Glossary Intro and Glossary Annexes
A B C D E F G H I J K L M
N O P Q R S T U V W X Y Z

Harry J Hobbs Working With Tools leisure League of America 1935
I
FUN IN A WORKSHOP

Tucked away in a closet of one of the swankiest of New York's

apartment hotels there happens to be a woodworker's bench, a

power lathe and an amazing assortment of hand tools ready, at a

moment's notice, to make the sawdust fly!

Any night between the hours of eight and eleven o'clock

apartment neighbors above, below and adjoining the workshop

apartment are likely to hold up their game of bridge to identify

the blows of a hammer or the groan of a saw.

If you were to trace down this nightly clamor to discover what and

who is behind it you would find yourself standing in a richly

furnished living room gazing into a small adjoining room that was

meant for a closet but that is at present filled to capacity with a

workbench, a motorized lathe, shelves laden with scrap lumber

and in the center of the shop a man, middle-aged, the vice

president of a staggeringly large corporation during the day, but

at this moment a typical home craftsman working in his shirt

sleeves over the bench.

This individual, whose name I am not privileged to disclose,

became a craftsman only a few years ago when one of his young

sons teased him into building a model sailboat. For that job he

had to acquire a few tools, and by the time he had finished he

had awakened an intense desire to build something else,

anything else just to be building. That is about the way most

craftsmen are made. They start out to make some special project

and end up with a workshop and a barrel of fun.

If an apartment house closet measuring less than six feet wide

by six feet deep can accommodate all of the essential
tools and equipment necessary to an amateur craftsman's

workshop there is little truth to the objection, "But I haven't the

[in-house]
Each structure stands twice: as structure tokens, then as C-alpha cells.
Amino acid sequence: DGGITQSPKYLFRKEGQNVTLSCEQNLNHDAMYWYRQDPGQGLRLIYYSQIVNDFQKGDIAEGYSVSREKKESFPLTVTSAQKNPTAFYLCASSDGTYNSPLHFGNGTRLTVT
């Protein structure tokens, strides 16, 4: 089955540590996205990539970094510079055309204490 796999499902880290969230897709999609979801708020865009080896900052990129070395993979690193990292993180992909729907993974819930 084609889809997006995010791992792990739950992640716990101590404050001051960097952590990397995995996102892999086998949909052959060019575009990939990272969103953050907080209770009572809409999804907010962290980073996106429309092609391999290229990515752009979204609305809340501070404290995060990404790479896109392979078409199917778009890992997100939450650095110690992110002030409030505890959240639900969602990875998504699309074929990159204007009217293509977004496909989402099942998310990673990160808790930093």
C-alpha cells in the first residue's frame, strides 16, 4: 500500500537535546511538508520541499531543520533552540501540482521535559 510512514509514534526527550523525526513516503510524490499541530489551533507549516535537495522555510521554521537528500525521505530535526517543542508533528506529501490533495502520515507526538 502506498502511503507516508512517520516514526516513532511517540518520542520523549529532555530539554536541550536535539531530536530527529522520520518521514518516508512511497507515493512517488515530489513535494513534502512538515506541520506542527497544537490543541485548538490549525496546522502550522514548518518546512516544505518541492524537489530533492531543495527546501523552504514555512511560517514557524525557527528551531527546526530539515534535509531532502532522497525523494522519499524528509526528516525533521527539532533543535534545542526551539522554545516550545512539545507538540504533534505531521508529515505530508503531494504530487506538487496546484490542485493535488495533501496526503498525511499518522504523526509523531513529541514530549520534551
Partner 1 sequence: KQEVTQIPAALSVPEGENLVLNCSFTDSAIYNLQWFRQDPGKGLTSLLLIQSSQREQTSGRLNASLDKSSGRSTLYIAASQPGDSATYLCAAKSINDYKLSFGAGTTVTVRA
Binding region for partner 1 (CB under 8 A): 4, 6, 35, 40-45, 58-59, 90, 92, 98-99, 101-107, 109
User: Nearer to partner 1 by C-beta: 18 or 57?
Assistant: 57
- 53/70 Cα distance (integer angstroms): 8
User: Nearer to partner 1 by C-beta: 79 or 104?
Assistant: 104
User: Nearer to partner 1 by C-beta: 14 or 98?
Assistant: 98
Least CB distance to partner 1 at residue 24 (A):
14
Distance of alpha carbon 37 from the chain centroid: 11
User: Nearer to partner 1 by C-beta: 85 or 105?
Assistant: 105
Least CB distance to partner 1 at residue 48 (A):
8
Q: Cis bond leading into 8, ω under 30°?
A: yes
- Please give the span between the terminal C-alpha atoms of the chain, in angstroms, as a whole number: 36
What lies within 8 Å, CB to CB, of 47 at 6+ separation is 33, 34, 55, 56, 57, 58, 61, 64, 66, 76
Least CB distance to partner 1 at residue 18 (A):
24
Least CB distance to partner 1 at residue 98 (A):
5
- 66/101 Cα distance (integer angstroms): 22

space required by a workshop." As a matter of fact it is possible

to establish a workshop in a limited way even though your only

workbench is the kitchen table. Space certainly is a valuable

asset to any craftsman's work, but it is not a requisite.
This clothes' closet workshop is neither the smallest nor the

strangest of my acquaintance. I have seen home workshops

surviving, even flourishing, in a chest of drawers. One shop in

particular housed all of its tools in the two lower drawers of a

colonial chest. The tools consisted mainly of a set of hand carving

chisels, a plane, hand saw, wooden mallet, two files, some

sandpaper and glue, and a set of four small "C" clamps. The only

workbench accessible to the owner of the tools was the kitchen

table. Any evening when the creative spirit urged him to ply chisel

to wood he simply transported the two chest drawers to the

kitchen.

The smallest shop, or rather I should say the smallest tool

equipment, to have achieved the greatest reward to my

knowledge consists of a pair of embroidery scissors borrowed from

the family sewing box. Supplementing this ingenious tool, were a

razor blade with a handle attached, and a file. In justice to those

earnest craftsmen who have spent thousands, (that's right,

thousands) of dollars on elaborate workshop tools of every

description, we can hardly call the scissors-razor blade-file

triumvirate a workshop. It is merely tool equipment. Yet the

fingers behind these instruments fabricated a model ship of such

expert workmanship that the model won first place in a national

model-building contest in which craftsman of all ages competed.

The award for this piece of work came in the form of a free cruise

for himself and wife aboard one of the finest liners afloat.
Swinging to the other extreme we find home workshops
that look like a merger between a carpenter shop and a machine

shop. In more than one backyard we can find buildings erected

solely for the use of a hobby workshop. Maxfield Parrish, the well

-known painter, has established a workshop on the lower floor of

a two-story structure. The upper floor is used as his studio. When

the light or the mood is
not right for painting, he comes downstairs to try his hand at the

lathe.

But workshops of these enormous proportions are not for the

beginner to envy. They are something we are curious to see but

will likely never have the desire to own nor the luxury to afford.

Our workshop may very sensibly be restricted to only those tools

for which we have a definite and constant use. It is a much better

display of wisdom and talents to allow your resourcefulness to

take the place of highly specialized tools. And unless you want to